FACEBOOK HAS ENABLED us to reliably remember (and sometimes ignore) our friends’ birthdays, bombard high school classmates with cute photographs of our children, and make popular use of the Orwellian word unfriend.
But that’s not all! Mark Zuckerberg’s creation also serves as a naked barometer for popularity. Not since the invention of money has something inherently valueless been prized as highly as the Facebook LIKE. What we wouldn’t give here at The Weeklings home office for a few more LIKEs on our page! (Hint, hint…)
This raw and potentially humiliating data, accessible to anyone with a free account, presents us with the unique opportunity to put to rest some old arguments once and for all. Here’s how some time-honored battles play out on the basis of Facebook LIKEs:
Jesus vs. The Beatles
“We are bigger than Jesus,” John Lennon famously, and controversially, remarked. Turns out, the Walrus was
Paul right; per Facebook, the Beatles are more than twice as big as the Son of God. (Christ can take solace in the fact that He’s almost twice as big as Lennon solo. And the fact that He can make water into wine, a party trick not even Sean Parker can accomplish).
The Beatles: 27,871,114*
Team Jacob vs. Team Edward
The last decade ushered in three coinages beginning with “tw”: Twitter, tweens, and Twilight. On Twitter, tweens tweet about Twilight, especially about whether they prefer the vampire Edward Cullen (necrophilia) or the werewolf Jacob Black (bestiality). Facebook shows that when it comes to winning the hearts of tweens, it sucks to be a vampire.
Taylor Lautner: 17,017,307*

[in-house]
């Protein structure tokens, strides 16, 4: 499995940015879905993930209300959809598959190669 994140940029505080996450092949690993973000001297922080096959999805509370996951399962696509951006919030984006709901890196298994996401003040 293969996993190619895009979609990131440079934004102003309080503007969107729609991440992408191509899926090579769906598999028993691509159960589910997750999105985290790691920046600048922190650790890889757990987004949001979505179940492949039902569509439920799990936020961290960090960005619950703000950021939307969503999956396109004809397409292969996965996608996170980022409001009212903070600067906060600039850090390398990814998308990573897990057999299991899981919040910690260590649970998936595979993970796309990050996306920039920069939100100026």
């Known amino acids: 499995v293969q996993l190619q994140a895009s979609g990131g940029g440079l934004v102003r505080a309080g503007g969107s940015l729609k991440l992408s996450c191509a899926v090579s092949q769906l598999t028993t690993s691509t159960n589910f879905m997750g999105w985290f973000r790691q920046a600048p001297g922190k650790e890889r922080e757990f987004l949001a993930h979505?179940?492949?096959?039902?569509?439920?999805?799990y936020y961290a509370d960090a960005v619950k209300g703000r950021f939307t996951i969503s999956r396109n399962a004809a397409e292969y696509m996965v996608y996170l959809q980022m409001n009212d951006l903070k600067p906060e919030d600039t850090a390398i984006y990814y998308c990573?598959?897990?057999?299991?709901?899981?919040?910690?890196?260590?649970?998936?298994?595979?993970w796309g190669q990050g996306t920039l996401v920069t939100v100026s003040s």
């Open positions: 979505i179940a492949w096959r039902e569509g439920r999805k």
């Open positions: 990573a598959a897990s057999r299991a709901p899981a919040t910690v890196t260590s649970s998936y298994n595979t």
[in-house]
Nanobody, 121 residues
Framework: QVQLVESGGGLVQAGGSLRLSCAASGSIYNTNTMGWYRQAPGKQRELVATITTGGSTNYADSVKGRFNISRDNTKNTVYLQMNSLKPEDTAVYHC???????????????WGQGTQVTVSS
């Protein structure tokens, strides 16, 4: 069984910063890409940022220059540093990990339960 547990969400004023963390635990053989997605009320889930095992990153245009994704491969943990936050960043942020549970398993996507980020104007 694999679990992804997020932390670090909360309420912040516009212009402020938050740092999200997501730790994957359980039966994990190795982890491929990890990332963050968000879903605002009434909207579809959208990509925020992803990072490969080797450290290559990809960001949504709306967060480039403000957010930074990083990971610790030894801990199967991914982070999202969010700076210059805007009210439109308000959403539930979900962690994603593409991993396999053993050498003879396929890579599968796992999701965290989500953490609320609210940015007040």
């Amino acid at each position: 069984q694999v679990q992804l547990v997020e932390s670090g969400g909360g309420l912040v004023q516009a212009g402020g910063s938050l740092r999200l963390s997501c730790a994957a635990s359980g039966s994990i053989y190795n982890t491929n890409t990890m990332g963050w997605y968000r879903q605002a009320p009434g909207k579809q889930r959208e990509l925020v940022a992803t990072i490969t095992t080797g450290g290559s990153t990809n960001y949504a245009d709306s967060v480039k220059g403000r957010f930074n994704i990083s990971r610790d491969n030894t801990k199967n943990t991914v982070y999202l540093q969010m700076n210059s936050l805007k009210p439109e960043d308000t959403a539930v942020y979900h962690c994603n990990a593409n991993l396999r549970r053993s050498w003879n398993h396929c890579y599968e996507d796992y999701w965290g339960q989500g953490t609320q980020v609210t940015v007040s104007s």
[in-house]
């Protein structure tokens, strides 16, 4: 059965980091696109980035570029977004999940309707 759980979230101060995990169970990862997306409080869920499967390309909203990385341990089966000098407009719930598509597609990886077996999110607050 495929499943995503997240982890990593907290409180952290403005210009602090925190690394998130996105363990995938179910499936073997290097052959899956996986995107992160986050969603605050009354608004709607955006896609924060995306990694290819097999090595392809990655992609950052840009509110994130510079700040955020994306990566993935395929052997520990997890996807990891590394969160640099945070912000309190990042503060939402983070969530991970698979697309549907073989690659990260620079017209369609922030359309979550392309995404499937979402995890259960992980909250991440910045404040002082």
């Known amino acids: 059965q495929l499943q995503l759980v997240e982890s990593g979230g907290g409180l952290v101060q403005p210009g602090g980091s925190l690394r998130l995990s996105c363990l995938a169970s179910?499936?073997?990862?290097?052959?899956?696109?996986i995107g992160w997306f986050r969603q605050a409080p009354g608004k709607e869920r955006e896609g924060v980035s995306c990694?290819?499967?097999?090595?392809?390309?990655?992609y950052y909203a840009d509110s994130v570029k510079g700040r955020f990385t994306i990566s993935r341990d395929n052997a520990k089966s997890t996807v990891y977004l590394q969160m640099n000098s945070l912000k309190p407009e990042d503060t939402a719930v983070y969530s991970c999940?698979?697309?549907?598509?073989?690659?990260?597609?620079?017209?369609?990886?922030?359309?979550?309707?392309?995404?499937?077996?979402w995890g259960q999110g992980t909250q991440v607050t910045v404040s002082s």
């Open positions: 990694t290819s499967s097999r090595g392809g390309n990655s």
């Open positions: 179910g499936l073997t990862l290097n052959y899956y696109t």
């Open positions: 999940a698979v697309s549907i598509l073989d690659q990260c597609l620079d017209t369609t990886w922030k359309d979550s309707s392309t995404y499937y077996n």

Robert Pattinson: 1,310,544
God vs. Satan
This one ain’t even close. Just like in Paradise Lost, the Horned One is resoundingly defeated. (Although if we accept the premise that Facebook is the Devil’s Work, it’s advantage Lucifer by a factor of ten.)
Romeo & Juliet vs. Romeo + Juliet
Wherefore art thou Baz? In the year that Lurhmann will make a music video of The Great Gatsby, it’s refreshing to see that many more people prefer the Bard unedited.
Romeo & Juliet: 3,989,539*
Romeo + Juliet: 673,704
Bush vs. Gore
Here’s an inconvenient truth: he may have lost the popular vote twelve years ago, but on Facebook in 2012, Boy George kicks some serious ass. Al can’t blame this drubbing on hanging chads. Or global warming. Or Tipper. Well, maybe Tipper.
George W. Bush: 1,857,420*
Al Gore: 79,207
2Pac vs. Biggie
A notorious feud: Battle of the Bands meets The Hunger Games by way of hip hop. The world of music would have been better served if they’d stood down, but as ‘Pac put it, “Fuck peace.” On Facebook, they aren’t so evenly matched.
The Dead vs. The Undead
I figured The Dead would prevail, because I’m pretty sure there are still people on acid trips that have been going on since 1993 who think Jerry Garcia and company are currently on tour. But Hollywood Undead, a band so famous I’ve never heard of them until I searched Facebook for “undead,” has twice as many LIKEs. The band’s singular appeal is nicely articulated by a fan calling himself Farshicl Lizarcl: “Duece is gone so forget about him coming back, hes a bitch anyways, Danny is a GREAT singer and the Band is amazing so stop saying bring duece back because its not going to happen Love HU no matter what. HUS4L!”
Hollywood Undead: 2,613,544*
The Grateful Dead: 1,341,422
Beyoncé vs. Rihanna
Are the rumors true? Are they feuding? Whatever for? Between them, they have almost 100 million Facebook fans. A hundred million. Nine figures. And Rihanna, Olive Oyl to the Popeye-and-Brutus act put on by Drake and the ever-classy Chris Brown, has more than Mrs. Knowles-Carter and her husband combined.
To be fair, aggregate Facebook LIKEs do not comprise a perfect system. I’m not sure how much stock I put in a universe in which a) Sponge Bob Square Pants (35,256,823) is more highly regarded than anything on this list save the one-named feuding divas, b) Texas HoldEm Poker is ten times more popular than God, and c) the most-liked celebrity is Eminem. And isn’t it fishy that the most-liked page on Facebook is…Facebook?